HgCdTe is the most important material for LWIR detectors, and n on p type with a planar structure using ion-implantation technique is still the state-of-the-art for fabricating infrared focal plane arrays (IRFPAs). Nevertheless, the implantation introduces lattice damage and increases the dark current, which are expected to be reduced by an annealing process. In this paper, HgCdTe diodes ((lambda) coutoff,77k equals 11.0 micrometers) were fabricated on Hg-vacancy doped p type HgCdTe wafers grown on CdTe substrates by LPE, and junction was formed with boron ion-implantation. The annealing process was implemented after the ion-implantation at various temperatures, from 120 degrees Celsius to 200 degrees Celsius, under N2 gas atmosphere. The performance of the annealed diodes was investigated in detail by model fitting analysis. This current model includes four dark current components, i.e. diffusion current, generation-recombination current, trap- assisted tunneling current and band to band tunneling current. Measurements and analyses of 1/f noise characteristics were performed at several bias voltages for samples annealed at 150 degrees Celsius. Among them, both devices annealed for 30, and 60 minutes showed equivalent RoA values, but the latter had lower level 1/f noise current at small reverse bias voltage. From the model fitting analysis, the sample annealed at 150 degrees Celsius for 60 minutes was found to be generation- recombination limited at the small reverse bias while that for 30 minutes was to be trap-assisted tunneling limited. This reduction of 1/f noise was attributed to the decreased trap density in the vicinity of pn junction.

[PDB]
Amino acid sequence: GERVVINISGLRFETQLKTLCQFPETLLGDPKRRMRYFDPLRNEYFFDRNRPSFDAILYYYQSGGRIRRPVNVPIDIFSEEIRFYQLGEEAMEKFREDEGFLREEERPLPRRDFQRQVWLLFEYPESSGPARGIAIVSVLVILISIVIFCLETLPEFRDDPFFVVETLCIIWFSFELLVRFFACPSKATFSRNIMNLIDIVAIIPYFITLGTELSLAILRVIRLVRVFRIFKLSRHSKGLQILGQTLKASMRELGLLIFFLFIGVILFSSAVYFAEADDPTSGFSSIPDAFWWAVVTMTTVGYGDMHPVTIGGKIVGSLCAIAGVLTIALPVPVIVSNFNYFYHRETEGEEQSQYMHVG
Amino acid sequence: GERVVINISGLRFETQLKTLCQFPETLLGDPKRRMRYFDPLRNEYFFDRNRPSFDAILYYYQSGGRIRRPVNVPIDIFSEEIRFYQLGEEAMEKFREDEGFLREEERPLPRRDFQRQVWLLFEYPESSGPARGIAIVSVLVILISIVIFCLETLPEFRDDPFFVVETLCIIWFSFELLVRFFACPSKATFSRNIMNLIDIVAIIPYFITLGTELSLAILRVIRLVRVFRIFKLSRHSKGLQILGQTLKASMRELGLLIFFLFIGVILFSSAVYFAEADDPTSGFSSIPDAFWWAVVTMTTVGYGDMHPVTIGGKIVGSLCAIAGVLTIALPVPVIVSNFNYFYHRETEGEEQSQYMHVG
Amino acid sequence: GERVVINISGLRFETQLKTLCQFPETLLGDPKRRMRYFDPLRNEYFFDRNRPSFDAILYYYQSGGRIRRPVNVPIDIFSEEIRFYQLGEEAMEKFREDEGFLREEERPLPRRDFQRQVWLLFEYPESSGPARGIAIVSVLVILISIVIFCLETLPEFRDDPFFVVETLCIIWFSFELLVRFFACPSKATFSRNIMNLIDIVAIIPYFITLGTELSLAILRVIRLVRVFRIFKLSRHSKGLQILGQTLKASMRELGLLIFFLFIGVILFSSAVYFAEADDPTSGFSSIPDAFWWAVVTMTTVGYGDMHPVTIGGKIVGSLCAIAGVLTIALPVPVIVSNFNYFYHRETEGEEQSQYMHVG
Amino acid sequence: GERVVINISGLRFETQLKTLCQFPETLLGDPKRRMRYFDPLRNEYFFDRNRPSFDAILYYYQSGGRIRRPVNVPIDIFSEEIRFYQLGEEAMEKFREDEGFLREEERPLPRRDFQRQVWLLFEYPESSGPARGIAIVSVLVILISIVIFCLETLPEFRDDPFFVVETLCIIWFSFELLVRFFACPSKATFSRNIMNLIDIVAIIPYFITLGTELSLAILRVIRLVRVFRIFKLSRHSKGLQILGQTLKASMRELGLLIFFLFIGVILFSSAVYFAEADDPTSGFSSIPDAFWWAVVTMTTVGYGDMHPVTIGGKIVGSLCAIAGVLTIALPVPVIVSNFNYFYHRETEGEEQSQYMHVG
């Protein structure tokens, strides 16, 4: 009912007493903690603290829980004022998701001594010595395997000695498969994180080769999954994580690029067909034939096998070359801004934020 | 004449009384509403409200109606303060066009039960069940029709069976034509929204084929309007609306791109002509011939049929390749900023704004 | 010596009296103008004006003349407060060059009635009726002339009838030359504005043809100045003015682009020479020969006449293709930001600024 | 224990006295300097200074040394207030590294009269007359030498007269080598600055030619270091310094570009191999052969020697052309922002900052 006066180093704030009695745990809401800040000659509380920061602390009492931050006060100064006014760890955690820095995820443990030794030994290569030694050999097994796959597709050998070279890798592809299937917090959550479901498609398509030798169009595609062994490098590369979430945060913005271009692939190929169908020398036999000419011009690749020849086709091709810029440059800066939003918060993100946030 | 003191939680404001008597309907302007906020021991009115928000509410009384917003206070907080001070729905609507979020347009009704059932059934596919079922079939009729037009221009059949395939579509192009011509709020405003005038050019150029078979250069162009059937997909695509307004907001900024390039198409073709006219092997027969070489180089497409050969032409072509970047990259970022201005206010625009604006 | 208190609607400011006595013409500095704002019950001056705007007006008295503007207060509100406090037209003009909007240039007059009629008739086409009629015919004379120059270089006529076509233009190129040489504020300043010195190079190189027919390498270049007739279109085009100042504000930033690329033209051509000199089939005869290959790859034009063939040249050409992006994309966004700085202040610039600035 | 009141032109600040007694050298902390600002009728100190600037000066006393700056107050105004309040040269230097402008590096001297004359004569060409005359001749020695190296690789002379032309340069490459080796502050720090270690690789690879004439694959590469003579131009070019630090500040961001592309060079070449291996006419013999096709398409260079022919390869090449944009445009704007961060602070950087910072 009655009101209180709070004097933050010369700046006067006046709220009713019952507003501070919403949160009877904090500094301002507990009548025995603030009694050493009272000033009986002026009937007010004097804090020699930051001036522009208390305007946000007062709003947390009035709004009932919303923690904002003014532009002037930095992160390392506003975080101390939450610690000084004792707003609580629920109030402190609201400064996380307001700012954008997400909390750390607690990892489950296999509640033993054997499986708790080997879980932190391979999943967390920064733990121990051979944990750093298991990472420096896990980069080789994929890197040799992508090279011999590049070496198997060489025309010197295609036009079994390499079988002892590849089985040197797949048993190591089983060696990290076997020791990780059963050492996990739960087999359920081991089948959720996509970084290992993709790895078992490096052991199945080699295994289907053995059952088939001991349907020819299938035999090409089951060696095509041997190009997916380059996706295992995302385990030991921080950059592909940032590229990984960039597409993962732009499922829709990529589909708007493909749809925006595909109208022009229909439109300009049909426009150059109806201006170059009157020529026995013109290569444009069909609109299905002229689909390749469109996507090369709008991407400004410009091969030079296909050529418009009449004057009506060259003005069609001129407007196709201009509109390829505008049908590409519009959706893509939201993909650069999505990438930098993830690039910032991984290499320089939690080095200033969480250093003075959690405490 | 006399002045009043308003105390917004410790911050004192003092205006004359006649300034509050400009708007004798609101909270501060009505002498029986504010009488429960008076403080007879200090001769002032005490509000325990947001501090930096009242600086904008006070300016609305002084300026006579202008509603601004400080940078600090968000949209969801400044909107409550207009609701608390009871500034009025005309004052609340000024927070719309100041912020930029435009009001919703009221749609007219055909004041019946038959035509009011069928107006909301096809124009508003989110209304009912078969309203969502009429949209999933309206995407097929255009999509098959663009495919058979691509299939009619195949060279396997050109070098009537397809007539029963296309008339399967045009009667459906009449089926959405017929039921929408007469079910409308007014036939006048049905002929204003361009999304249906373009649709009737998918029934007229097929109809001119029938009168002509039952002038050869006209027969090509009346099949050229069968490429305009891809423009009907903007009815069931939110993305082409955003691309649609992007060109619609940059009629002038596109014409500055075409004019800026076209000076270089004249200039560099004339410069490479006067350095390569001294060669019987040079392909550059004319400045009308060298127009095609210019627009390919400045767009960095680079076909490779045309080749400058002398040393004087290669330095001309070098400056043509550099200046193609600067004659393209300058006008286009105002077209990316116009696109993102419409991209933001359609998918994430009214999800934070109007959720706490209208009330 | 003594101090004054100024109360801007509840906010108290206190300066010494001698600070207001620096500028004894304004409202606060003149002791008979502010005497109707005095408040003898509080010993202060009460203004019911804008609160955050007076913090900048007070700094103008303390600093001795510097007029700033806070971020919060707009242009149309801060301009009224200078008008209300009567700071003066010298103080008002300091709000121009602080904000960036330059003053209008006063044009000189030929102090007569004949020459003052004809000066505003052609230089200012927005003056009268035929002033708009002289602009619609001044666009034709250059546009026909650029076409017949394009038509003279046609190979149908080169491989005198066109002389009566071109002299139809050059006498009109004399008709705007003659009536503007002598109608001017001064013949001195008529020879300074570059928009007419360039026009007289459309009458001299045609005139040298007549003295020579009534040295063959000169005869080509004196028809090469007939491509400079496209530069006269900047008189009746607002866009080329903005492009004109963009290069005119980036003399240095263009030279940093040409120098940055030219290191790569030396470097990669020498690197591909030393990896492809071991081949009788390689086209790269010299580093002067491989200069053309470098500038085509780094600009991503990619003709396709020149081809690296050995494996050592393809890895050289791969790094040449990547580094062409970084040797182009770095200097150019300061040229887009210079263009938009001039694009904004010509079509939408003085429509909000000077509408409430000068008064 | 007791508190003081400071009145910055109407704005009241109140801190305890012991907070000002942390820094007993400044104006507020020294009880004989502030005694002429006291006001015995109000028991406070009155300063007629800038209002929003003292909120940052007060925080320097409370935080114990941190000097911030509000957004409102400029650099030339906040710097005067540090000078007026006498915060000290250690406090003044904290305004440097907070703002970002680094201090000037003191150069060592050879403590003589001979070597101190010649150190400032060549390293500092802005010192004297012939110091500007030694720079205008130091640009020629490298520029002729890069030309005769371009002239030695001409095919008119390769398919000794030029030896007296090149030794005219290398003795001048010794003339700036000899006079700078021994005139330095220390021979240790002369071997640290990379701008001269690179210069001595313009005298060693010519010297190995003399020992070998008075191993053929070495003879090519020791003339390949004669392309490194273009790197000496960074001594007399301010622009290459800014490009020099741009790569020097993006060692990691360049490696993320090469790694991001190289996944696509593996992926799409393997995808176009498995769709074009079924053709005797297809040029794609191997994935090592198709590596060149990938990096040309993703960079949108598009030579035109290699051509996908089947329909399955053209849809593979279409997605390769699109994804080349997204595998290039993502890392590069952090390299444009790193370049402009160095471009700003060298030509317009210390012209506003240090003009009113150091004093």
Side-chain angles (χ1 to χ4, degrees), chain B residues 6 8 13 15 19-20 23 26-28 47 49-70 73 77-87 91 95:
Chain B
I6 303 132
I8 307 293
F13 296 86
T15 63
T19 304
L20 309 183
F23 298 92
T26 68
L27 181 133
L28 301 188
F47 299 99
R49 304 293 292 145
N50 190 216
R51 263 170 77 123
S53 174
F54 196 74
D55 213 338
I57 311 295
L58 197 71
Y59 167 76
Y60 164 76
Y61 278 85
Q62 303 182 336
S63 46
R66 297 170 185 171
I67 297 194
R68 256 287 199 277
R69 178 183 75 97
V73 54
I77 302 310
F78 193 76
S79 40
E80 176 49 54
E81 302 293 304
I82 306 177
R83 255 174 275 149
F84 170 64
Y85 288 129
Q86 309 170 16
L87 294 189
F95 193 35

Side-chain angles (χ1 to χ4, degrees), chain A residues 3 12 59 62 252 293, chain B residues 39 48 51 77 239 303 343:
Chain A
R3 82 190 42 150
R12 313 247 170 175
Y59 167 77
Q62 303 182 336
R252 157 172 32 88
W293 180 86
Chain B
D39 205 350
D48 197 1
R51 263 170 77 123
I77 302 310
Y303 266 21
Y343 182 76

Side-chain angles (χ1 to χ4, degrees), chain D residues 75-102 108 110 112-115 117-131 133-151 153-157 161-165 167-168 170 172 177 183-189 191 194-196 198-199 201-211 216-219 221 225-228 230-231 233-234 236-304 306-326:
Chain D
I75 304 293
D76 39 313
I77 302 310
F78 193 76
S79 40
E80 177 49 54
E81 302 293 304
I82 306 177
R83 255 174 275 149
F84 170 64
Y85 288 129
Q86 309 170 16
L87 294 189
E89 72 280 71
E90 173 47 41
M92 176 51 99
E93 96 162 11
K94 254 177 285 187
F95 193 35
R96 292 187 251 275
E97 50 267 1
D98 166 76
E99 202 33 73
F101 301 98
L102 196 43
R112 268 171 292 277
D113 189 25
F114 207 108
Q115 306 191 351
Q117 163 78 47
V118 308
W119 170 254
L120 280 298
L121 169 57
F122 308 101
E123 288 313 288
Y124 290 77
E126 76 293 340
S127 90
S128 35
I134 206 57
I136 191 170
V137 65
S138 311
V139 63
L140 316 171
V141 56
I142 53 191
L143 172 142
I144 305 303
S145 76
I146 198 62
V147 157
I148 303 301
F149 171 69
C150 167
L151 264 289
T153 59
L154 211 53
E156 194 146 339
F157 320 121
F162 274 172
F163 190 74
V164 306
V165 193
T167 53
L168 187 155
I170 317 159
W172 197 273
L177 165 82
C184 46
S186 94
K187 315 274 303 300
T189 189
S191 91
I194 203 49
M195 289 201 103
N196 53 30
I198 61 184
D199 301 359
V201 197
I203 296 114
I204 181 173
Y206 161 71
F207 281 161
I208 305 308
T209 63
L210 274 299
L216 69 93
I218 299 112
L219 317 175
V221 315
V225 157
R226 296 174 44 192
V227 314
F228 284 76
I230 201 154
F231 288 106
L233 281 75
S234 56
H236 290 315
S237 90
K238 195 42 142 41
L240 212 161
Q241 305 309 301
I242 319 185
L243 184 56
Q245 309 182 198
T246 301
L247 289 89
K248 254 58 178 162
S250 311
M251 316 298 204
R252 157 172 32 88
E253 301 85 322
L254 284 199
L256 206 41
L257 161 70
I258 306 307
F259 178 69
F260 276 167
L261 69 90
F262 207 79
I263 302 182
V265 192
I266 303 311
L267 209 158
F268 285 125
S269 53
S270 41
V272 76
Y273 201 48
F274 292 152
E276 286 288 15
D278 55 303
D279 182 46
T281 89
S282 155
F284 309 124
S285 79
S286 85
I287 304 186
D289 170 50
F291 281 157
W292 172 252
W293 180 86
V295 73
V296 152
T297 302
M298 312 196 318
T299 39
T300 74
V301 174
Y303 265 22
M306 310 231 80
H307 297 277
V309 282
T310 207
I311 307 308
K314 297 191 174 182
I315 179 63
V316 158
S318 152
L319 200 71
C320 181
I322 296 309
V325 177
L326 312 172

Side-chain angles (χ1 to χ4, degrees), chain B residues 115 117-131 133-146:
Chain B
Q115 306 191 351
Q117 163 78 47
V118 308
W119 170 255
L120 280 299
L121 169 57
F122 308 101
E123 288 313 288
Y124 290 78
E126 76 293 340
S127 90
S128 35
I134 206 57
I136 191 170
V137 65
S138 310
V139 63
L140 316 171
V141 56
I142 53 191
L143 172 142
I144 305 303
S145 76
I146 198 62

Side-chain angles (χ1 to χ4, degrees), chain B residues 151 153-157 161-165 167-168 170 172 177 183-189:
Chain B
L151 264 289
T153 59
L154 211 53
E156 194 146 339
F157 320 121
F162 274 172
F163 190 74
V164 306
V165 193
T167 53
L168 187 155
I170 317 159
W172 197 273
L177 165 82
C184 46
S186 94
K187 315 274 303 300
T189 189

Hg0.78Cd0.22Te n on p photovoltaic diodes were fabricated with the wafers grown by liquid-phase epitaxy on CdTe substrate which have a cutoff wavelength of 10.5 micrometer. The wafer was doped with Hg vacancies and the acceptor concentration was 5 X 1015 - 2 X 1016/cm3. We applied the planar ion-implantation technique for the junction formation. Post-implantation annealing was performed to improve reverse bias characteristics and RoA value. Using this method, we obtained RoA values of 2 - 8 (Omega) cm2 at 77 K. However, the increase of RoA by post-implantation annealing saturated as the annealing time increased further. This limit is thought to come from the low minority carrier lifetime in the Hg vacancy doped wafer. To improve the device performance further, we adapted the hydrogenation technique. The RoA of the hydrogenated diode was found to be 70 approximately 120 (Omega) cm2, which is one order of magnitude higher than that of the post-implantation annealed diode. From the model fitting analysis, the hydrogenation effect was attributed to the increase of the minority carrier lifetime.